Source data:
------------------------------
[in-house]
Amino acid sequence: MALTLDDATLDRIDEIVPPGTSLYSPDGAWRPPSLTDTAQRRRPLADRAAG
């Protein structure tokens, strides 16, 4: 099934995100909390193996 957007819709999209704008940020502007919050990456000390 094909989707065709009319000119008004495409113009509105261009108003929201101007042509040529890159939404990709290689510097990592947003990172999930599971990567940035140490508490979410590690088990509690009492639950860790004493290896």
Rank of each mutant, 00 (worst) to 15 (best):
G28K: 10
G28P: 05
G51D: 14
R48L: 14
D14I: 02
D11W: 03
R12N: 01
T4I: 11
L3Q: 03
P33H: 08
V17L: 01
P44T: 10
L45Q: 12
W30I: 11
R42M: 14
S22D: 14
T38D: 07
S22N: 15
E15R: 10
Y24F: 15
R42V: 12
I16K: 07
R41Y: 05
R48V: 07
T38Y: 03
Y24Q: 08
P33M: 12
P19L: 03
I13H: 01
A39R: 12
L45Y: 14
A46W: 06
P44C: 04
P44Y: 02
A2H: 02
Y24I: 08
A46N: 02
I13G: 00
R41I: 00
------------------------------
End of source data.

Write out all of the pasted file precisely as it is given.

[in-house]
Amino acid sequence: MALTLDDATLDRIDEIVPPGTSLYSPDGAWRPPSLTDTAQRRRPLADRAAG
């Protein structure tokens, strides 16, 4: 099934995100909390193996 957007819709999209704008940020502007919050990456000390 094909989707065709009319000119008004495409113009509105261009108003929201101007042509040529890159939404990709290689510097990592947003990172999930599971990567940035140490508490979410590690088990509690009492639950860790004493290896």
Rank of each mutant, 00 (worst) to 15 (best):
G28K: 10
G28P: 05
G51D: 14
R48L: 14
D14I: 02
D11W: 03
R12N: 01
T4I: 11
L3Q: 03
P33H: 08
V17L: 01
P44T: 10
L45Q: 12
W30I: 11
R42M: 14
S22D: 14
T38D: 07
S22N: 15
E15R: 10
Y24F: 15
R42V: 12
I16K: 07
R41Y: 05
R48V: 07
T38Y: 03
Y24Q: 08
P33M: 12
P19L: 03
I13H: 01
A39R: 12
L45Y: 14
A46W: 06
P44C: 04
P44Y: 02
A2H: 02
Y24I: 08
A46N: 02
I13G: 00
R41I: 00